FOR ONCE it seemed as though he was being genuine – no ulterior motive, no hidden agenda and no mind games.
José Mourinho’s comments following a recent Clàsico were honest, when we have come to expect diversion of attention. “I think it should be forbidden to say who is the best player in the world because these two are from another planet,” the Real Madrid boss said. “I would like my player to win [the Ballon d’Or] because he is champion of the best league in the world, but I think they’re both fantastic players.”
In that Clàsico, Barcelona’s Lionel Messi and Real Madrid’s Cristiano Ronaldo traded blows like two heavyweight boxers refusing to admit defeat.
They symbolise their respective clubs so well; the jewels in the crown of their individual sides. Two shots off target and two shots on target each. Two goals each. More than 100 club goals between them in 2012. Ronaldo became the first player in history to score in six consecutive Clàsicos, Messi moved to within one goal of Alfredo Di Stéfano’s all-time record for Clásico goals, at the age of 25.
Messi scored his 150th goal at Camp Nou, his 100th goal in the league. Ronaldo took his total to 160 goals in 155 games. These figures are being surpassed before the ink is even dry on the paper.
The two continue to break records and defy conventional logic, as you write down the numbers they instantly become out-of-date as they continue to push the boundaries even further.
“Ronaldo would probably have had greater recognition if it had not been for Messi,” said Barcelona manager Tito Vilanova.
While there is truth in that, without Ronaldo, Messi would not be at the same level.
Have we ever seen two players of this level in the same era? There comes a point when recognition should be shared. And we have reached it.
Both players display exceptional ability through different styles and mannerisms. Would Ronaldo be as effective for Barcelona, a team built on cohesion, team-work and familiarity from their youth system? No. Would Messi offer the same drive, dynamism and power on the counter in ‘Blanco’? No.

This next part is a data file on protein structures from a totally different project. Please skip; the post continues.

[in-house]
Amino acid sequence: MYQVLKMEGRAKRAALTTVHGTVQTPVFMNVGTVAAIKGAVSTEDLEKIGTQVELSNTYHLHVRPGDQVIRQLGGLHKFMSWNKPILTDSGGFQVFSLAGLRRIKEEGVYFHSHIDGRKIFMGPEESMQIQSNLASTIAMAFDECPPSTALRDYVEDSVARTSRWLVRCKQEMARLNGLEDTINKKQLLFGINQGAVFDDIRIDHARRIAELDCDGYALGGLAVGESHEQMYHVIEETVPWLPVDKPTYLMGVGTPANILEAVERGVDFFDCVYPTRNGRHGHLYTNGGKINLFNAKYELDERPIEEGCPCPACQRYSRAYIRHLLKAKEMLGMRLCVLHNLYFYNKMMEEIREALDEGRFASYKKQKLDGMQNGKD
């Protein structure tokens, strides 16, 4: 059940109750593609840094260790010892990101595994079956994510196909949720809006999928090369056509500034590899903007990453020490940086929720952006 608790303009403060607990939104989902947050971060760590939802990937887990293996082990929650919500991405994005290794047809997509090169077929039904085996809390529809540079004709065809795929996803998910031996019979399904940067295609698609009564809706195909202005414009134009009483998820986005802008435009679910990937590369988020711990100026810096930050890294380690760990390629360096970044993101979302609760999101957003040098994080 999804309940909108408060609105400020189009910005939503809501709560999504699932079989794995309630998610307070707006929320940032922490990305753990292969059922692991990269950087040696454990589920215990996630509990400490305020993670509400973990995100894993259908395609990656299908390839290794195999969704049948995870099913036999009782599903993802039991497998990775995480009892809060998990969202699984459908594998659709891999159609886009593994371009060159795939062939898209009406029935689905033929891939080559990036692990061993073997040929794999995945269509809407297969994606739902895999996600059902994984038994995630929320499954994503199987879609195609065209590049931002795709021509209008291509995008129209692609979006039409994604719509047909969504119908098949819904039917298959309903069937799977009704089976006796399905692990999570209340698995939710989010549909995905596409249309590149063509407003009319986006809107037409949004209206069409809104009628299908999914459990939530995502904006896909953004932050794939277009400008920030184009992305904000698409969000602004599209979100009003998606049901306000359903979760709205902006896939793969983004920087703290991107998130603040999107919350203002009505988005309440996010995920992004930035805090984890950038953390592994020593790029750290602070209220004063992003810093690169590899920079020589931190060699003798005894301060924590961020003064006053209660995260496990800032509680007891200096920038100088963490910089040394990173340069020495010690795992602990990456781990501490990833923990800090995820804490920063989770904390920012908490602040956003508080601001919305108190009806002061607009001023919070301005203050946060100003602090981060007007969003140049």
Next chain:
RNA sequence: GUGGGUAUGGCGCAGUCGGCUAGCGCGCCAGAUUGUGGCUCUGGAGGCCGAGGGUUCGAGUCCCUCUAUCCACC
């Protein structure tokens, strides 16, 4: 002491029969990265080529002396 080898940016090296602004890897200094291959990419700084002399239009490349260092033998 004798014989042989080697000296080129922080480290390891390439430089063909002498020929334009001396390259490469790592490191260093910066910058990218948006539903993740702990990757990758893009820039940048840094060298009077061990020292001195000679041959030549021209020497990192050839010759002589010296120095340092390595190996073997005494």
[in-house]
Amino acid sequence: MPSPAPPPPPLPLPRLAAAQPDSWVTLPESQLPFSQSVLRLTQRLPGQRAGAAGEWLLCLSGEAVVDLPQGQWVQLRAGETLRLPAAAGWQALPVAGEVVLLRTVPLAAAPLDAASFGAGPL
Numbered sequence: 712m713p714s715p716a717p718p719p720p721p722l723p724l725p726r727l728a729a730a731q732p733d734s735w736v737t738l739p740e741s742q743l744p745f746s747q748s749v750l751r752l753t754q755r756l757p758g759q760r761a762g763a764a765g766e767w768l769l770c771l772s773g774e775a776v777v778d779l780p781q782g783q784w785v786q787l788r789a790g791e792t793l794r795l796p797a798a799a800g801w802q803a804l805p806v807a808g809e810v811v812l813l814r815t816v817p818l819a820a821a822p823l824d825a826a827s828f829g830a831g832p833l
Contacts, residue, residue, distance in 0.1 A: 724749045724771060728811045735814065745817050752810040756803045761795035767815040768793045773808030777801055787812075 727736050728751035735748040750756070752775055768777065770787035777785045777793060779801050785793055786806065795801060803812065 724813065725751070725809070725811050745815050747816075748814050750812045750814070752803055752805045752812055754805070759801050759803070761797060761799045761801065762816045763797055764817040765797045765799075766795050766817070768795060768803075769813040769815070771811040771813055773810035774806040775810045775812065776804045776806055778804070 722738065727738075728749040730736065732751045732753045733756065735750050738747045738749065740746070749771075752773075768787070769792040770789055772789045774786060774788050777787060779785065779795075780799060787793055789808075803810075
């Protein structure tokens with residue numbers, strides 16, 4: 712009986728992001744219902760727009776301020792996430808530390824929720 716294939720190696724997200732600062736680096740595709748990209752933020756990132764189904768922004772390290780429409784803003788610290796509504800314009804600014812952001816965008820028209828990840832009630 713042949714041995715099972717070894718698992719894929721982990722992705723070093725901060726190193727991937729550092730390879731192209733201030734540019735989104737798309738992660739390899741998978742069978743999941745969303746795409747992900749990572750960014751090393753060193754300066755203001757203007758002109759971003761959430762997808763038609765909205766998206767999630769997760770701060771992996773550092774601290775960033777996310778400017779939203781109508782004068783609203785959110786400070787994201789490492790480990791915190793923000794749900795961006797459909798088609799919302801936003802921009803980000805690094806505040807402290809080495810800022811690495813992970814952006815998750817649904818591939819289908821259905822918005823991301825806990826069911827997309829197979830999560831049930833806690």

Should goals even be a measure of who is the better player? In the last two seasons, the player that has outscored the other domestically has not won the league title with his team.
Pace, power, directness, strength, strong in the air, timing – attributes that Cristiano Ronaldo possesses in abundance. His character displays ruthlessness, no surrender to weaker opposition. He smells mistakes, then punishes them with the resource of a trained assassin, capitalising on errors before the recipient even realises that it’s too late.
Playing as an inverted winger, he creates room for his advancing full-back, while simultaneously joining his striker with speed and precision. Since last season Real Madrid’s biggest weapon has been fast-paced one-touch counters, which ultimately end with Ronaldo offering the out-ball.
Lionel Messi: guile, swiftness, awareness, acceleration, deftness and movement are all characteristics that he boasts. Like an Olympic slalom skier, changing direction at will, he weaves in and out of challenges, bouncing off defenders like a weeble wobble that refuses to stay down.
Having started his career as a right-winger, he now occupies the position which has come to be known as the ‘False 9’ – his ability to drop into the midfield and allow space for others to utilise is unmatched.
There aren’t enough superlatives to describe these two freaks of nature, they are unstoppable on their day, but for individual reasons.
Ronaldo is 1.85 metres tall and weighs in 84.5 kg, and Messi is 1.69 metres and weighs at 67 kg.
They play in different positions and for clubs that have very different ideologies and philosophies. One is predominately right-footed, the other mainly left. Different specimens that are on top of their game.
Yet, still there’s a burning desire to acclaim one a winner and the other a loser. Ronaldo exerts confidence and has an air of arrogance; Messi is shy, humble and introverted. Remarkably contrasting mannerisms that are holding them back from exploiting their full marketing potential… perhaps they do have flaws after all.
The large baton that was swung ferociously in their direction at varying intervals was international football; even that now seems to be accomplished.
Ronaldo grew stronger as the European Championships in Poland progressed, with Messi scoring a hat-trick against arch rivals Brazil at the same time.
The little maestro grabbed a recent double versus Copa America champions Uruguay and his under the wall free-kick away to Chile cemented his standing on a world stage even further.
So, next time someone asks you ‘Who is better Messi and Ronaldo?’, just reply ‘Who cares?’
They are both superhuman and should be celebrated equally. Either that or play devil’s advocate and say Radamel Falcao….
Paul Wilkes is a Freelance Spanish Football Writer and Editor of LaLigaUK – @Laligauk